ELL-Friendly: No
Library recommendation: Middle school

Goodreads summary:

Seventeen-year-old Samar — a.k.a. Sam — has never known much about her Indian heritage. Her mom has deliberately kept Sam away from her old-fashioned family. It’s never bothered Sam, who is busy with school, friends, and a really cute but demanding boyfriend.But things change after 9/11. A guy in a turban shows up at Sam’s house, and he turns out to be her uncle. He wants to reconcile the family and teach Sam about her Sikh heritage. Sam isn’t sure what to do, until a girl at school calls her a coconut — brown on the outside, white on the inside. That decides it: Why shouldn’t Sam get to know her family? What is her mom so afraid of? Then some boys attack her uncle, shouting, “Go back home, Osama ” and Sam realizes she could be in danger — and also discovers how dangerous ignorance can be. Sam will need all her smarts and savvy to try to bridge two worlds and make them both her own.

My copy of It Ain’t All For Nothin’ has had a rough life. It lived in the library of a local high school and was “discarded,” the library bar code cut out of the front cover. The public library either tried to sell it at a book sale or deemed it unfit to sell, and so it wound up in a free book pile along with computer manuals for Windows 95 and outdated self-help books.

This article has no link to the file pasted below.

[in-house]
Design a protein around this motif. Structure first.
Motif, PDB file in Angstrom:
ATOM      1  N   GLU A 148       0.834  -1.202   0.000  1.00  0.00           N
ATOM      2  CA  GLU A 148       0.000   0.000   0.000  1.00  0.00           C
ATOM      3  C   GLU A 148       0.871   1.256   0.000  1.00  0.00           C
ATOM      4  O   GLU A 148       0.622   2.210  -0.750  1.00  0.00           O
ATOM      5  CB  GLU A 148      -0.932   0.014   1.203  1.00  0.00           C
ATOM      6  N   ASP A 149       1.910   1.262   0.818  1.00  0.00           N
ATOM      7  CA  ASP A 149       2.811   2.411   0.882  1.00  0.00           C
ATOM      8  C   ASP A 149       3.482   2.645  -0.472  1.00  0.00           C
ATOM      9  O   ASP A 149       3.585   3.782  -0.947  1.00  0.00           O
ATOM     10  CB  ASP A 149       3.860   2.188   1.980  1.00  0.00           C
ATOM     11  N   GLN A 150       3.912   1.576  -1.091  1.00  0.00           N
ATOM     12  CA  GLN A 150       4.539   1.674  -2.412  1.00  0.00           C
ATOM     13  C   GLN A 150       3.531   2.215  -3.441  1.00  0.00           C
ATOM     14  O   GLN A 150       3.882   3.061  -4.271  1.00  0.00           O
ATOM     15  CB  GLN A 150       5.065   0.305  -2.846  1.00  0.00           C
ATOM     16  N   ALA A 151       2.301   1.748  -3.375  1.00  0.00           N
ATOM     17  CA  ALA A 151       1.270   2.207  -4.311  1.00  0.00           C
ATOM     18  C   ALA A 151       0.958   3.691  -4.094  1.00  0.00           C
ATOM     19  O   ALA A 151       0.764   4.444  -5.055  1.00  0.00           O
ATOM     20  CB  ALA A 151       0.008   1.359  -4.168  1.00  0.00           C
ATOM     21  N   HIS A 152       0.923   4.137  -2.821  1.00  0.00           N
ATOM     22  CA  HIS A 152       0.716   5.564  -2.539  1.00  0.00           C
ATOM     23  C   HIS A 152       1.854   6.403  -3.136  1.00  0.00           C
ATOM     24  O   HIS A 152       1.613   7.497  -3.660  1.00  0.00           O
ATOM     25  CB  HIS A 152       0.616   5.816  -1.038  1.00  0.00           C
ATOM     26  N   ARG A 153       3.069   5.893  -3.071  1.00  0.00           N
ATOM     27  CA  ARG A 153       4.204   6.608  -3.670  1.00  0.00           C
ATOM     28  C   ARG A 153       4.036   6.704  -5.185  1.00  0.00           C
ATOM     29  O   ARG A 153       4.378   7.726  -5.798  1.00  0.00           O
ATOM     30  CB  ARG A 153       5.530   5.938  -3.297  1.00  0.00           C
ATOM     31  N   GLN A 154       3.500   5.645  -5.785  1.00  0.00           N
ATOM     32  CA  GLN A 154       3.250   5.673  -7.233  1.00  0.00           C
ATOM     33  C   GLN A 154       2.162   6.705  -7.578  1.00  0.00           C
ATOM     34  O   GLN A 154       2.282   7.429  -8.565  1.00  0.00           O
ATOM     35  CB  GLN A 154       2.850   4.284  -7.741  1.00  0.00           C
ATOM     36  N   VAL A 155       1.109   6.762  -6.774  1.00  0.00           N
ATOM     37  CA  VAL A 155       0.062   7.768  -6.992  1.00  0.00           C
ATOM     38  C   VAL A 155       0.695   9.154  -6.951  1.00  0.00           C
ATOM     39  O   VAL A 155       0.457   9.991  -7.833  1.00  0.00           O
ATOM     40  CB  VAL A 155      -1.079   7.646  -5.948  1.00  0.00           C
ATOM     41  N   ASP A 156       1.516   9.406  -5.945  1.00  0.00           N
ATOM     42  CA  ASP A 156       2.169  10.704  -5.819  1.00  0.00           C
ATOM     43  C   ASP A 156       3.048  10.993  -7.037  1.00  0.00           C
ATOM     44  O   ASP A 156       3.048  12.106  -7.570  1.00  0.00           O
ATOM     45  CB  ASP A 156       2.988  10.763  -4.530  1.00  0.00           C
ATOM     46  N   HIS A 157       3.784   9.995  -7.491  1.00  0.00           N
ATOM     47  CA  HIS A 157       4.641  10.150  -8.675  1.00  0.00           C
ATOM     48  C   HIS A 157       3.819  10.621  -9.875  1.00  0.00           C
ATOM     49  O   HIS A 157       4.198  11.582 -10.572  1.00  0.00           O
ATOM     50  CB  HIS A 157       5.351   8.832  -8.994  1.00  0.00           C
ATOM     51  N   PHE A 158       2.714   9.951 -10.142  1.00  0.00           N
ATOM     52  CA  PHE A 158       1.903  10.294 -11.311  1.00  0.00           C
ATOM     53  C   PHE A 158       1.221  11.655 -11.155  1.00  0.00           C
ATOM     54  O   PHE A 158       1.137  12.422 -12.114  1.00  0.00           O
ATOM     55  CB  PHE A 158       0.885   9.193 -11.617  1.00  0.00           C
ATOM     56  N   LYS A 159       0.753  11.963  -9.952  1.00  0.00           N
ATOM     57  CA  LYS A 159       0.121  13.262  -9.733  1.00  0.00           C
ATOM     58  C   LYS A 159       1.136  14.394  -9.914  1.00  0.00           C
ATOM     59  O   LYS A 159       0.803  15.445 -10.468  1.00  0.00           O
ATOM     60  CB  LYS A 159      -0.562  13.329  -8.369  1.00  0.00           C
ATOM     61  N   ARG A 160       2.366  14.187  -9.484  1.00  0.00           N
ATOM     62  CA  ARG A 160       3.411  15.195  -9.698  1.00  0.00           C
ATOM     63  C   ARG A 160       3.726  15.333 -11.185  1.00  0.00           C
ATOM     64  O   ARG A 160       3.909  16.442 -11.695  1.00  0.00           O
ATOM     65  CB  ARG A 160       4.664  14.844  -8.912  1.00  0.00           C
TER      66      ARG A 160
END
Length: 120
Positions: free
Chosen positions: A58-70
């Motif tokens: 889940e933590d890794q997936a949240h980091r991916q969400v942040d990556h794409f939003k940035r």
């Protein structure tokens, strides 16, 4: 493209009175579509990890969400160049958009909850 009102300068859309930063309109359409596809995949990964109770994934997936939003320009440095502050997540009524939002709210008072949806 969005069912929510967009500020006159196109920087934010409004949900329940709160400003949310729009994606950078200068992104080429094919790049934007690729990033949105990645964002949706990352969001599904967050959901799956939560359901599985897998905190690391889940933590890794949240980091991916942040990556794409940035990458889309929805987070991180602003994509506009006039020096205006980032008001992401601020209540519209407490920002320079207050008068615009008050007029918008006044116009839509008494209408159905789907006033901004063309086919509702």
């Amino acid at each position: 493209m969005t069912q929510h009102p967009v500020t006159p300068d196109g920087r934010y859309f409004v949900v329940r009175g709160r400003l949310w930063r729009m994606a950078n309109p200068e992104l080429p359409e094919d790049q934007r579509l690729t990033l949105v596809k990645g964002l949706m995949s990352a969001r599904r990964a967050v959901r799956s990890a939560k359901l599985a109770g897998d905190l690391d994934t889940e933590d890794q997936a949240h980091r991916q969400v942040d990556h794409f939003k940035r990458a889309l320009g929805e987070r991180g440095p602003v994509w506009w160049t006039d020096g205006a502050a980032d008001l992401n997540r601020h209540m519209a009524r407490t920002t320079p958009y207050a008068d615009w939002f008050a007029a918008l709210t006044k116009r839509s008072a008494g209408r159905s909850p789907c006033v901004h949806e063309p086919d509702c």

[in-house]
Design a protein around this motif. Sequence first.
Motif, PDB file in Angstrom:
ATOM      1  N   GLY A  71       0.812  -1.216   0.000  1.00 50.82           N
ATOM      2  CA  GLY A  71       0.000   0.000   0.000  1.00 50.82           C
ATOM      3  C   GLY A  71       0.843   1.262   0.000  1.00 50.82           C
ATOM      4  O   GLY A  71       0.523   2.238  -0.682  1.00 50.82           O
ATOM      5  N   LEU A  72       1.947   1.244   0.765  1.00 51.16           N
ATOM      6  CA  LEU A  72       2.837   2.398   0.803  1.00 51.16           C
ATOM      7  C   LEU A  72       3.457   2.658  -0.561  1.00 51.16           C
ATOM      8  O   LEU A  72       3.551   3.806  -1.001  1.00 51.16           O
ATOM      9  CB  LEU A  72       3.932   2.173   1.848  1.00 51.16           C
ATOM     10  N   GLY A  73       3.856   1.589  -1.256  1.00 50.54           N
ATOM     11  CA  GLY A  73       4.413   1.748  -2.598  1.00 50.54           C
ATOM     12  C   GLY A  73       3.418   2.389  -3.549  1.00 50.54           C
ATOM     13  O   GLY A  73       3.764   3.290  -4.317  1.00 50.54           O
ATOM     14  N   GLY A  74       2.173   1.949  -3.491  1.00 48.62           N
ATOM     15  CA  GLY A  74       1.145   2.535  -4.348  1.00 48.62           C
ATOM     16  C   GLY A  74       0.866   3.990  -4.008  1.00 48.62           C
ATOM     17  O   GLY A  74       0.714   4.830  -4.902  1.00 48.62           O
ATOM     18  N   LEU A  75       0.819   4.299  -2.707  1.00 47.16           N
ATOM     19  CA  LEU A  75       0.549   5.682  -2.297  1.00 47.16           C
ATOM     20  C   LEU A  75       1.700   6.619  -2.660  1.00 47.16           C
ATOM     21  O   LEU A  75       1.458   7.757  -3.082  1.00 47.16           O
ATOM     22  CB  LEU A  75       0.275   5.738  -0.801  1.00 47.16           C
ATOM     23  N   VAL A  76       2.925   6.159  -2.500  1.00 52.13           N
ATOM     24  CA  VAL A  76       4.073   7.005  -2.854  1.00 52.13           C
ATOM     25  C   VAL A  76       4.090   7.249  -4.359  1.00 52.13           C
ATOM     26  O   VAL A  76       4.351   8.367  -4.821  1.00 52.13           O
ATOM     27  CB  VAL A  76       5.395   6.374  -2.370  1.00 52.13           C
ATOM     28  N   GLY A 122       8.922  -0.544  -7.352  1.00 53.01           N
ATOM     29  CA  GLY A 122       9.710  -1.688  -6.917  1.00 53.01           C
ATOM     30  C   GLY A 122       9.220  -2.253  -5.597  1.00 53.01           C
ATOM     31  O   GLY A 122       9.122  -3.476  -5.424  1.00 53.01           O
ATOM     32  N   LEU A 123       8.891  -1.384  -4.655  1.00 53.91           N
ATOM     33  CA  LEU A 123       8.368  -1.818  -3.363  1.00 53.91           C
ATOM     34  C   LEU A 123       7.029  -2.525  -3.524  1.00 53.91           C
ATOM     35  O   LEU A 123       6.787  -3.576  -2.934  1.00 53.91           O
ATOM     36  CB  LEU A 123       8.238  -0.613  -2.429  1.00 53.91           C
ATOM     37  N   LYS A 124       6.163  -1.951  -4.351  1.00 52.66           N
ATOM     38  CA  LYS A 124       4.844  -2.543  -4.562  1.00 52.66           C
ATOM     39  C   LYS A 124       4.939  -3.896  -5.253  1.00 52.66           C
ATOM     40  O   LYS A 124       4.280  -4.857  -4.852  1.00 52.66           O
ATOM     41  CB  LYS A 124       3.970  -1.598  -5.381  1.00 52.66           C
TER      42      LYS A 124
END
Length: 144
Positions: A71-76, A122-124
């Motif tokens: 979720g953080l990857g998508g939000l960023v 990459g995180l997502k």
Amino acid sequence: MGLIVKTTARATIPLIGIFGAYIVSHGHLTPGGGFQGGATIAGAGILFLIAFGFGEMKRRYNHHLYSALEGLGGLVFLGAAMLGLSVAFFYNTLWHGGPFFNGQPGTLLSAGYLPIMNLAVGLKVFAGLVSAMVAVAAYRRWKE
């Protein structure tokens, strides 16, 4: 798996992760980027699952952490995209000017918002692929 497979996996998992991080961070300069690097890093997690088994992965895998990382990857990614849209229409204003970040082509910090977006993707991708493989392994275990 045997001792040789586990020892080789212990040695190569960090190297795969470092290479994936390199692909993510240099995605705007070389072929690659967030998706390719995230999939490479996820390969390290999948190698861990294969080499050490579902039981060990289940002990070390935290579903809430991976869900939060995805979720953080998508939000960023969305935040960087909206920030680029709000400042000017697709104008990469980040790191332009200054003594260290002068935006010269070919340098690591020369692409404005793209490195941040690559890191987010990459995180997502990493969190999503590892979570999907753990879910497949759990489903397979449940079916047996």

There’s probably a reason it’s been discarded again and again. The cover screams “dorky, boring, please don’t read me.” In fact, I couldn’t even find a picture on the internet of the cover that I own, printed in the late 1970s. Here are some ideas to help get this book (and other books with boring covers) in the hands of readers:

  • Give a book talk summarizing why students might like it.
  • Display it on the bookshelf under a sign or banner that says “Ugly book cover of the month” and has a blurb about why it’s not a boring book.
  • Create monthly book challenges for SSR/at-home reading assignments. Challenges may include:
    • Read a book with a dorky cover
    • Read a book featuring a main character of the opposite gender
    • Read a book in a genre different from what you’re used to

At the time I read this book, I was also reading Other People’s Children by Lisa Delpit. She writes that African Americans tend to not tell object-centered stories like White people do. That is, their stories seem to go on and on without a central focus – at least that’s what I understood. It’s just a different way to telling stories and communicating. It Ain’t All For Nothin’ definitely had that feel, not just from sentence structure (some sentences were very long, connected by several conjunctions) but also because it was about Tippy’s 12-year old life, day by day, moment to moment. It’s hard to explain.

I say it’s not ELL-friendly because it’s written in the African American vernacular, aka Black English. Because we’re trying to teach ELLs “formal English,” this book might just be confusing. For African American youth, though, it might be liberating to read a book written in the language in which they speak.